For some time now, I’ve been advising IT integrators to add IP video surveillance technologies to their line cards. After all, you own the relationship with your customer, IP networking is old hat to you, and (more often than not nowadays) IP solutions require integration with the systems you’ve already put in place. That is, you’re going to be called in to help with the integration. So, why not rake in that money for yourself? If you’re still not sure, go back and read the many articles I’ve already devoted to the opportunity. But if you’re on board with the idea, great!
However, before you dive in, or if you’re still new to the technology, consider some of the following advice that I gathered from a variety of industry experts for an upcoming magazine article.
There’s More To Resolution Than Pixel Count — “Don’t confuse megapixel with resolution. More pixels will not translate to better resolution. The technology used for video compression will determine the viewing clarity of the video more than the number of pixels.” Shahar Ze’evi, senior product manager, Tyco Security Products
Some Pitfalls To Avoid — “IT integrators often assume that just because a solution is network-based, it’s easy to integrate. In the security and surveillance market, that is not the case. IT VARs also tend to underestimate the level of networking skills required. Another issue is that integrators are not giving their customers a good estimate of recurring costs. And lastly, VARs are often not clearly showing the ROI of deploying new technology. There are so many benefits to deploying new technologies, such as mobility, remote management, added intelligence, and the correlation of security data.” Jumbi Edulbehram, VP of business development, Next Level Security Systems
Set Expectations Properly — “When it comes to analytics, it’s important to set proper expectations with the customer and take the time to effectively calibrate the software. I can’t stress this enough. When setting proper customer expectations, the goal is to identify certain behavior and limit the false alarms triggered by the system. It’s unrealistic to preach 100% accuracy for a given analytic, but you still must show an effective value to the end customer. Proper planning, camera placement, and calibration of the analytic will increase the accuracy and reduce false positives.”Robert Muehlbauer, application development partner, business development manager, Axis Communications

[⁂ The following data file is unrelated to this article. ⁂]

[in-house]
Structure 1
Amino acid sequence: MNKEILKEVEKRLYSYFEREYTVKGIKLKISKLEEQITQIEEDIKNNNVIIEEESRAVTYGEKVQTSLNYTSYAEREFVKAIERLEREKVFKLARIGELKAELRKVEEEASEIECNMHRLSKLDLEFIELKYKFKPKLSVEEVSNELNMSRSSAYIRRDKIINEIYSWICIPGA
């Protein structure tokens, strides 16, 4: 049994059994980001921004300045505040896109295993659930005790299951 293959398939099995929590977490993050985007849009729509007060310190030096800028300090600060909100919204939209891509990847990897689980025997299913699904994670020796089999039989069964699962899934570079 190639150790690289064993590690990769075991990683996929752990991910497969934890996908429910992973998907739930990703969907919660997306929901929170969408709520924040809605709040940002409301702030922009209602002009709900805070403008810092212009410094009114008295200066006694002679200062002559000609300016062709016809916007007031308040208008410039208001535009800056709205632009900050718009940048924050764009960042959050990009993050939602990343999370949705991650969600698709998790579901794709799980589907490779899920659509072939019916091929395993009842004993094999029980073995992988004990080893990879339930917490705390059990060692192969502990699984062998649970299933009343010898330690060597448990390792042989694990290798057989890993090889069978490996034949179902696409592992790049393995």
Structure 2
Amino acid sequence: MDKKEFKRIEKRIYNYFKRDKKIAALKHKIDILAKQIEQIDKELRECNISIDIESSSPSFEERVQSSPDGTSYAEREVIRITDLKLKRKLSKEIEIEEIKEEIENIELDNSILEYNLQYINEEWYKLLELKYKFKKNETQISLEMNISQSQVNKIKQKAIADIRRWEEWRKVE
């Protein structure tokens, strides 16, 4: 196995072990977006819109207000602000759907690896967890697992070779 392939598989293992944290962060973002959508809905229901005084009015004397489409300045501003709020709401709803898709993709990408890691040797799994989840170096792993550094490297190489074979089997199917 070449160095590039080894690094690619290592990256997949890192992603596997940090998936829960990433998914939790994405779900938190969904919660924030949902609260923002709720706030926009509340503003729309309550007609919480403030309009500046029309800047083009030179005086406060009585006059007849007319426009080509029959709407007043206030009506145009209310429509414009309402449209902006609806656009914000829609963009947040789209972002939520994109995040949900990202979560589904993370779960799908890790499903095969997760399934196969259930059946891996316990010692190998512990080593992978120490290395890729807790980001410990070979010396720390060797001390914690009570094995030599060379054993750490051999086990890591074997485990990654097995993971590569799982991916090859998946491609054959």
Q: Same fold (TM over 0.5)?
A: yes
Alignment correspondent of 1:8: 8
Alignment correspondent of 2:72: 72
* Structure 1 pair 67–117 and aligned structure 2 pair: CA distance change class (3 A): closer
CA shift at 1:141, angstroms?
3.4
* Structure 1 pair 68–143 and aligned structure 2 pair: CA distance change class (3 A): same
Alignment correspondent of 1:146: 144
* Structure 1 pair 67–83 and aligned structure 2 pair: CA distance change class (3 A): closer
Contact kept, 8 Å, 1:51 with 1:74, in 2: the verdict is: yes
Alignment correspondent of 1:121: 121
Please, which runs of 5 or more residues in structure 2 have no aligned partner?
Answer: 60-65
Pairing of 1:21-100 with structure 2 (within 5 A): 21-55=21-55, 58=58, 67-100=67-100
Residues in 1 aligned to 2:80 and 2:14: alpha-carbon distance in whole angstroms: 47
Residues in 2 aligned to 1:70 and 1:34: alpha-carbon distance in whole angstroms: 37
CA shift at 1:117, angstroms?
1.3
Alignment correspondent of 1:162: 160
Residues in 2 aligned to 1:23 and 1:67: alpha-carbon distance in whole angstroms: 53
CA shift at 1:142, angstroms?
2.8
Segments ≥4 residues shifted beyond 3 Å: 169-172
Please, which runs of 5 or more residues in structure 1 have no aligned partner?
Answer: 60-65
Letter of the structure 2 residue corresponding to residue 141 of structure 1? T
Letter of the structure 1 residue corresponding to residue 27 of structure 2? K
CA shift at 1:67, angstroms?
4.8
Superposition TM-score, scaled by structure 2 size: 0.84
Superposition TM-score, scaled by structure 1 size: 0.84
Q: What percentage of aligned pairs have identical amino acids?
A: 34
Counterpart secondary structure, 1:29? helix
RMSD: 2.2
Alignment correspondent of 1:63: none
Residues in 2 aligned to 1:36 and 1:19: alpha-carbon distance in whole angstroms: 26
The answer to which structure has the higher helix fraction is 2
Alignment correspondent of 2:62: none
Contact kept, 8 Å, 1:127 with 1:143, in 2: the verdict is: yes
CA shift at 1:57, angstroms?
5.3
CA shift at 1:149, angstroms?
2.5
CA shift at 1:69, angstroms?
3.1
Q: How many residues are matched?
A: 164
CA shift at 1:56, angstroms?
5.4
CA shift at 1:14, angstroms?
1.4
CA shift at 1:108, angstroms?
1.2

Involve IT Stakeholders — “The most common mistakes are not involving all of the potential stakeholders and not involving IT from the very first meeting. IT can quickly become a very big advocate for a prospective system upgrade or expansion, especially when they are comfortable with their role in the project. Not involving them could totally derail the entire project altogether. The opportunity to demonstrate how powerful the system can be to as many department heads as possible exponentially increases the likelihood of success. Make their jobs easier, and they become your extended sale force, working internally to support the success of the project.” Mike Scirica, VP of sales and marketing, WavestoreUSA
Remote Viewing Is Key — “When integrators leave the deliverables of video analytics largely undefined, the customer’s expectations will always exceed what is actually delivered. Selling open-ended video analytics is a sure way to lose money on every project.” Dave Nieweg, GM/VP, 3xLOGIC
Don’t Dismiss The Cloud — “A mistake would be to immediately dismiss the viability of cloud-based VMS solutions, due to reservations about bandwidth. Many smaller installations can benefit from a cloud deployment, which would allow them to significantly reduce infrastructure costs and remove barriers which could have otherwise impacted their ability to adopt an IP solution. Through the use of hybrid storage, bandwidth can be significantly reduced by transferring only video of interest to the cloud, while the rest can be stored on board edge devices.” Erick Ceresato, product marketing manager, Genetec
Test The Power Of PoE — “Making sure the PoE [Power over Ethernet] switch you choose will provide enough power to all connected devices is key, yet something often overlooked. If there’s not enough power, then cameras will drop off or become unresponsive.” Vince Ricco, business development manager, technology partner program, Axis Communications